A quick glance at the trend lines from Pollster.com show some of the second tier candidates lines converging and set to intersect before the 2008 mark. Of course, those trend lines are at least partly a product of whatever regression Pollster.com uses (I don't know what it is). The slopes of those trend lines are anything but set in stone.
Given all of that, trend lines do give us an idea of how the state of the race is changing. That allows us to speculate on what the race will look like in January if nothing changes, so that we can see which campaigns need something about the trends to change.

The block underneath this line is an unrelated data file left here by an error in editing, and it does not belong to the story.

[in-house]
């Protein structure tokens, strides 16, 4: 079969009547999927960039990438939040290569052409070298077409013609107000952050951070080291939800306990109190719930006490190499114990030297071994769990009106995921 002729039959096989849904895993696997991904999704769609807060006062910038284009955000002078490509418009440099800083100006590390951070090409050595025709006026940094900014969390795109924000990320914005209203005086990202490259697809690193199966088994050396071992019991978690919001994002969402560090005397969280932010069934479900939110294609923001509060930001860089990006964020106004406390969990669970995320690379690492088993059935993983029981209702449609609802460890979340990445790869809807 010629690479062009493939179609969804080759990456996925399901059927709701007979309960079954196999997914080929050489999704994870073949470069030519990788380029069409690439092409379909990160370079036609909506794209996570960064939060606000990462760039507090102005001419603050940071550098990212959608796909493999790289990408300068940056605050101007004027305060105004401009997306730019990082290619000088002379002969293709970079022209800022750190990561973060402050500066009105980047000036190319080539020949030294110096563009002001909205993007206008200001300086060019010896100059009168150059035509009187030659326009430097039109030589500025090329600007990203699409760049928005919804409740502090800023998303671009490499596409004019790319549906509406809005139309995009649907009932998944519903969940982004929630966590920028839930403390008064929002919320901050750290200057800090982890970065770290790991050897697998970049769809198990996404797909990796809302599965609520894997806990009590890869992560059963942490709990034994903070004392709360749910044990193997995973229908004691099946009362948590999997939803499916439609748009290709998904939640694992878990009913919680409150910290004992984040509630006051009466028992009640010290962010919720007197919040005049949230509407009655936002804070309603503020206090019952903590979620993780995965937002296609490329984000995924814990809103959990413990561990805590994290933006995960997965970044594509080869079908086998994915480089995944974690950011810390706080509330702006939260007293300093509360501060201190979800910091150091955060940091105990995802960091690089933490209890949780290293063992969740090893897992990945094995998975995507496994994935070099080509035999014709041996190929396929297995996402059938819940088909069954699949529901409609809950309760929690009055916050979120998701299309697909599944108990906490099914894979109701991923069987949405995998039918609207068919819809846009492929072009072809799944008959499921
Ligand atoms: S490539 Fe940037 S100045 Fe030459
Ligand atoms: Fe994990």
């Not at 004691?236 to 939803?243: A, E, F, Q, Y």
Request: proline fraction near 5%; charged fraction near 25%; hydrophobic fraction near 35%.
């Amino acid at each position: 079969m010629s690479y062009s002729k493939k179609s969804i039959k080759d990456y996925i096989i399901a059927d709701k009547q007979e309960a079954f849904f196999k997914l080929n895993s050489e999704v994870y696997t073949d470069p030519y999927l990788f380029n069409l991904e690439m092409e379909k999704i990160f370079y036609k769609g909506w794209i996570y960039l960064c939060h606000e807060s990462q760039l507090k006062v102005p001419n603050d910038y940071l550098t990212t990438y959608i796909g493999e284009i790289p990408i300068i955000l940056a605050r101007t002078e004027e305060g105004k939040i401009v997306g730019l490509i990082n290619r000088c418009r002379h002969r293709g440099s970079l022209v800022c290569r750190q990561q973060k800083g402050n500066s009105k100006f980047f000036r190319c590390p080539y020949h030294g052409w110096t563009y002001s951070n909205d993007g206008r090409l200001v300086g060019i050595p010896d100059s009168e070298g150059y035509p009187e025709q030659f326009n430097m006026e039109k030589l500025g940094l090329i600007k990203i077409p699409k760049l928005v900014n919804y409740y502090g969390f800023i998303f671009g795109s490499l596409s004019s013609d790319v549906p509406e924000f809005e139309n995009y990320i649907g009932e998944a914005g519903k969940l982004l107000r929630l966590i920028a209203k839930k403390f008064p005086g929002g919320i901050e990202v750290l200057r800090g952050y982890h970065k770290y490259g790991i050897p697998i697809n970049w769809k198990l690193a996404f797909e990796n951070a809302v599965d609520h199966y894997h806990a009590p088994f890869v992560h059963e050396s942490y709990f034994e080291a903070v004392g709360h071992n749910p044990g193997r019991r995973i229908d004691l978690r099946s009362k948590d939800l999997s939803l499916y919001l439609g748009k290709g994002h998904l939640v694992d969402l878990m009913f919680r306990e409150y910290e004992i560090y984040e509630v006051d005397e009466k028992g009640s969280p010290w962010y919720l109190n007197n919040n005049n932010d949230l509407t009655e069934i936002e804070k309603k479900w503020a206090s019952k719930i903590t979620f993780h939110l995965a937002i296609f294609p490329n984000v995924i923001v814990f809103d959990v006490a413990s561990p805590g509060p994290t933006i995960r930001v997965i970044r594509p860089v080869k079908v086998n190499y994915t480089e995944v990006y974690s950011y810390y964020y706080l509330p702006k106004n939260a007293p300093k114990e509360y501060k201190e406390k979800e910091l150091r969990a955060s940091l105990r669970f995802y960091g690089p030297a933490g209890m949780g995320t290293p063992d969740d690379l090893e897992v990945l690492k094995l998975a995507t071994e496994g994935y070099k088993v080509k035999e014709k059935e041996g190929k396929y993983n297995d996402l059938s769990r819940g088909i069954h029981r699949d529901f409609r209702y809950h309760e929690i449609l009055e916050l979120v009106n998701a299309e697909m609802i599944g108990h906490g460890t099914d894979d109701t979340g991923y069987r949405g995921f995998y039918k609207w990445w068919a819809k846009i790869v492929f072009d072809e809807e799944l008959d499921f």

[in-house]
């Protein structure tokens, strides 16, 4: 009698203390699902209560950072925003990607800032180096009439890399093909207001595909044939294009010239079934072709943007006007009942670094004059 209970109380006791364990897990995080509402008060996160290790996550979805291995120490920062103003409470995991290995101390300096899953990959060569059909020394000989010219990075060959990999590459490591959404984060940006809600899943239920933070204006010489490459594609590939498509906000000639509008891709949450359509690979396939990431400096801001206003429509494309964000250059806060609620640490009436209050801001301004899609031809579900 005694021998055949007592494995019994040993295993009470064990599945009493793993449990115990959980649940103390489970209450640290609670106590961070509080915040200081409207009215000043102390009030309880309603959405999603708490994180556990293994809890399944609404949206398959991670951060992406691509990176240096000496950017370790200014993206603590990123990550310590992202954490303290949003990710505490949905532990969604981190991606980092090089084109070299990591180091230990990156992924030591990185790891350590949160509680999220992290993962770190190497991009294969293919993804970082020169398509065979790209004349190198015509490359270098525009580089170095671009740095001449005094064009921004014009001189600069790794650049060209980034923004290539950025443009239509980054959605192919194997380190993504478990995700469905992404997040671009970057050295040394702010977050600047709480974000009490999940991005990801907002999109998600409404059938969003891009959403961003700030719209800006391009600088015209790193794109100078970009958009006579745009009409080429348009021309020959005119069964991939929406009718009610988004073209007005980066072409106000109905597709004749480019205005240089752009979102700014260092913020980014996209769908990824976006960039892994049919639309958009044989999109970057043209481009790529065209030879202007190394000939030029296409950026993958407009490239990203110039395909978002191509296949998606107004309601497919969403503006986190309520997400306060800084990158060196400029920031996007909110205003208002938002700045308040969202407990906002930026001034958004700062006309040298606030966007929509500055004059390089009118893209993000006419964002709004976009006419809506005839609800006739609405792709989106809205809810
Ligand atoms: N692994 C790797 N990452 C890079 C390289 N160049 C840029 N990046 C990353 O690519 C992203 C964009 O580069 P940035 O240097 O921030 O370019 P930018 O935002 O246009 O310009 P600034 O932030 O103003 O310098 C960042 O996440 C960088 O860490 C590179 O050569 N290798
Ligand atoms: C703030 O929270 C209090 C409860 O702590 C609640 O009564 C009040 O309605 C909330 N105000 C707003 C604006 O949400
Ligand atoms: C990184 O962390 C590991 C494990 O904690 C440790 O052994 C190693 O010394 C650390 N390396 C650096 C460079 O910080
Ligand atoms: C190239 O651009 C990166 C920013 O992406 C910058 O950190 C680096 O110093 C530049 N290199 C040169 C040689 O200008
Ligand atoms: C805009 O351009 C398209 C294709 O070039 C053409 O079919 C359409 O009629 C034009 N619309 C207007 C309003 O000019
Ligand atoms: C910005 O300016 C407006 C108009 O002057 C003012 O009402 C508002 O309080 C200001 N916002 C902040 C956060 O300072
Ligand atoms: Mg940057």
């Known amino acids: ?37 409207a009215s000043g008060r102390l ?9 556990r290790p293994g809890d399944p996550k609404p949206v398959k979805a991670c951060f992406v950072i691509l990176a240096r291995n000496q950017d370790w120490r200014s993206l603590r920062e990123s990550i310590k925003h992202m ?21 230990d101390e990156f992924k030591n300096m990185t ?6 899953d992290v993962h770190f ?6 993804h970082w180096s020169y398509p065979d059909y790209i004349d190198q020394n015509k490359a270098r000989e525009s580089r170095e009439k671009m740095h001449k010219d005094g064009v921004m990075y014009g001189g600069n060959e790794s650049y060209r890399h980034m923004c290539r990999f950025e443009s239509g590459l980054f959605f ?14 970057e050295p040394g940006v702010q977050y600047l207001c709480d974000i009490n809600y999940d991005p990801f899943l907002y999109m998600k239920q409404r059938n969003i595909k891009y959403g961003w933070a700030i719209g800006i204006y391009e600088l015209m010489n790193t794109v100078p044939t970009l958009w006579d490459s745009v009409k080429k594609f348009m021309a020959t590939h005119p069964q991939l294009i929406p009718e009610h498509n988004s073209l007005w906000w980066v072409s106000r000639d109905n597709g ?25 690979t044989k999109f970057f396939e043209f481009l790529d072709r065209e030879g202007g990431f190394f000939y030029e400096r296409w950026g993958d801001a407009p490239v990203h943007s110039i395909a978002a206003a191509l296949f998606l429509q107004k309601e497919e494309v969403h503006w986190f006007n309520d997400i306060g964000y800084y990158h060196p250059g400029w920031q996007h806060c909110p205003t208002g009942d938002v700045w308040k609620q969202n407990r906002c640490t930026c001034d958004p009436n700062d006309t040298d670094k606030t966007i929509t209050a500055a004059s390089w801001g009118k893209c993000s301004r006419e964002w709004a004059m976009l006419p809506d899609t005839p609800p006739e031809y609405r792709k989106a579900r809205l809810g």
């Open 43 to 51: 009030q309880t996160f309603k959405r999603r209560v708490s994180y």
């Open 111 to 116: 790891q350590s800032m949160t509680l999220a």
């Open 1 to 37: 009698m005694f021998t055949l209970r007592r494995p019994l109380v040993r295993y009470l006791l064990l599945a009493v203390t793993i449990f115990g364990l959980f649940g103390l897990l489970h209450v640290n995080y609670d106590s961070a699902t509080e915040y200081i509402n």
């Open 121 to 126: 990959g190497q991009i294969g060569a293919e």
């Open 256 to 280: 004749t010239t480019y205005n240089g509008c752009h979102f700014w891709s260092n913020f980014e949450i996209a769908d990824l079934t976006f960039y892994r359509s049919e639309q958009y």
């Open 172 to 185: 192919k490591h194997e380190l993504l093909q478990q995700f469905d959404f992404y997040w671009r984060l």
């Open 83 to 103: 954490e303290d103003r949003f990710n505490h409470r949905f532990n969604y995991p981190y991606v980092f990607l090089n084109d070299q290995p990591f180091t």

As I noted a couple days ago, Obama has passed Edwards for second in Iowa. He and Hillary appear to be gaining at the same rate. Edwards, on the other hand, is in a relative state of collapse since his peak in April or May of 2007. In fact, Richardson's modest growth rate may put him past Edwards by January.
This is why Hillary cannot be allowed to win Iowa. Not only is her New Hampshire lead substantial, it continues to grow at an absurd rate. I don't know what all the talk is about Obama's huge momentum in New Hampshire, since he's been in the slow decline there all year. As in Iowa, Edwards is falling apart (at least compared to the other candidates), while Richardson appears almost certain to pass him for third.
This is much more a two-way race than either Iowa or New Hampshire, but otherwise it's pretty much the same story.